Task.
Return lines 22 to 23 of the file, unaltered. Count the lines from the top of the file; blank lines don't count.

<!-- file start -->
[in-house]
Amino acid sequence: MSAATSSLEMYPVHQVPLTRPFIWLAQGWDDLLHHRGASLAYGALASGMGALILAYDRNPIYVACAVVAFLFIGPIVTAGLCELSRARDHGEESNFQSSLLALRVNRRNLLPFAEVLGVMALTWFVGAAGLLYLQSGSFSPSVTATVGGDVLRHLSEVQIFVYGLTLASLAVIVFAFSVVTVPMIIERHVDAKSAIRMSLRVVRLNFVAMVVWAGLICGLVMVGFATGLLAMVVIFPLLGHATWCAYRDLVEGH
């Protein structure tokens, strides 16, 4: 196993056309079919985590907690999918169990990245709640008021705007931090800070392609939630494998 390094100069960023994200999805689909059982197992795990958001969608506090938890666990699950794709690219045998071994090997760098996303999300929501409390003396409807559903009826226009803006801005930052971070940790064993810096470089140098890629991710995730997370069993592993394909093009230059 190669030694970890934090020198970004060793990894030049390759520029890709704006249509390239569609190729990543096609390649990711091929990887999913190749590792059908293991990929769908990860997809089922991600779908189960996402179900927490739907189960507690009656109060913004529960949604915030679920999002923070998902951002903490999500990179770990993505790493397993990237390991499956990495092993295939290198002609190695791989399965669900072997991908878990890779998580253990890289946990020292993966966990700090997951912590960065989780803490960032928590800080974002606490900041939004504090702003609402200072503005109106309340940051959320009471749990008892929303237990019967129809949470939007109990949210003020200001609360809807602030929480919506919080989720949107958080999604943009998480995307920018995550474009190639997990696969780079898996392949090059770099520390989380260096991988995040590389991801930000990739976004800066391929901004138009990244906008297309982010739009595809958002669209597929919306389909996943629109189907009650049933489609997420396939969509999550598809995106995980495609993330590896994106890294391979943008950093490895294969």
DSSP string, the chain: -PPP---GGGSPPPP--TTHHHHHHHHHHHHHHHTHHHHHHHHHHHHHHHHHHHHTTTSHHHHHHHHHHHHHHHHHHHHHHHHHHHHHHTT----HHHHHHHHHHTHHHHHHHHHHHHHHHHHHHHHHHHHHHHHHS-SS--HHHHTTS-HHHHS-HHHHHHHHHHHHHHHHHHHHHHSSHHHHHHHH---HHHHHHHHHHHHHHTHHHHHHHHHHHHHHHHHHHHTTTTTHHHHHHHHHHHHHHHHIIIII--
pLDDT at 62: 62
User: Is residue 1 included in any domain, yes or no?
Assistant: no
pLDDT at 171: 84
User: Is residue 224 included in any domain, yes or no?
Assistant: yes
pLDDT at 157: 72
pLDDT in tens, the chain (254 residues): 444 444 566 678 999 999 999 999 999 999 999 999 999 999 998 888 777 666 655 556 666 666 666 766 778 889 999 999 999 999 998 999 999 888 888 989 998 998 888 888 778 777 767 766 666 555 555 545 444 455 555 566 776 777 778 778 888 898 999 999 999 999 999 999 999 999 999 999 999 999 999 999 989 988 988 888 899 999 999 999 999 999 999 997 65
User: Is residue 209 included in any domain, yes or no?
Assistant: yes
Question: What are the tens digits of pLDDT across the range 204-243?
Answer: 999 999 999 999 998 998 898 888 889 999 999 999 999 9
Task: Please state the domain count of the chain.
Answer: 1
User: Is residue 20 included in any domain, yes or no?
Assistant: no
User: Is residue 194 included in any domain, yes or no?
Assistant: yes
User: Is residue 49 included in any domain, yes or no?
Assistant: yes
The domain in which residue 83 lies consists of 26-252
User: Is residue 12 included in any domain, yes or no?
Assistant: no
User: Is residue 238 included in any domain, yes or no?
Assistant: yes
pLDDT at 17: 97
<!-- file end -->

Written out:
Assistant: yes
User: Is residue 49 included in any domain, yes or no?